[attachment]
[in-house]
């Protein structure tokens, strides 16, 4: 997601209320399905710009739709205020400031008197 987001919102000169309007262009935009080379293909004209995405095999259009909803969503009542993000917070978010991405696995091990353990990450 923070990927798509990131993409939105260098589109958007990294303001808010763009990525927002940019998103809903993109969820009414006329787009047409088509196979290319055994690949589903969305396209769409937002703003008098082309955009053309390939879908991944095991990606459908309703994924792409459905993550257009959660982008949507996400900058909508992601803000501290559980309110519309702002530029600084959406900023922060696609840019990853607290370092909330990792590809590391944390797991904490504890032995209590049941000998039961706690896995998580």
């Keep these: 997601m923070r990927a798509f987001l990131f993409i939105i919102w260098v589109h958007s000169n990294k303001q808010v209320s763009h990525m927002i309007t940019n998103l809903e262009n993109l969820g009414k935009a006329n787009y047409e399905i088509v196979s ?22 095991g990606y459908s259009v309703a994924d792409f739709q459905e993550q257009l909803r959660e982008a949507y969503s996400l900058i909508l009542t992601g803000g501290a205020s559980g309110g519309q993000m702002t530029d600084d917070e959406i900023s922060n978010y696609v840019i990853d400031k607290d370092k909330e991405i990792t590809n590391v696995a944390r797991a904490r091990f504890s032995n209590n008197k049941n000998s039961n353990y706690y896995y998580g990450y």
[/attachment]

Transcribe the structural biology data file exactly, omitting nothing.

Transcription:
[in-house]
């Protein structure tokens, strides 16, 4: 997601209320399905710009739709205020400031008197 987001919102000169309007262009935009080379293909004209995405095999259009909803969503009542993000917070978010991405696995091990353990990450 923070990927798509990131993409939105260098589109958007990294303001808010763009990525927002940019998103809903993109969820009414006329787009047409088509196979290319055994690949589903969305396209769409937002703003008098082309955009053309390939879908991944095991990606459908309703994924792409459905993550257009959660982008949507996400900058909508992601803000501290559980309110519309702002530029600084959406900023922060696609840019990853607290370092909330990792590809590391944390797991904490504890032995209590049941000998039961706690896995998580």
């Keep these: 997601m923070r990927a798509f987001l990131f993409i939105i919102w260098v589109h958007s000169n990294k303001q808010v209320s763009h990525m927002i309007t940019n998103l809903e262009n993109l969820g009414k935009a006329n787009y047409e399905i088509v196979s ?22 095991g990606y459908s259009v309703a994924d792409f739709q459905e993550q257009l909803r959660e982008a949507y969503s996400l900058i909508l009542t992601g803000g501290a205020s559980g309110g519309q993000m702002t530029d600084d917070e959406i900023s922060n978010y696609v840019i990853d400031k607290d370092k909330e991405i990792t590809n590391v696995a944390r797991a904490r091990f504890s032995n209590n008197k049941n000998s039961n353990y706690y896995y998580g990450y």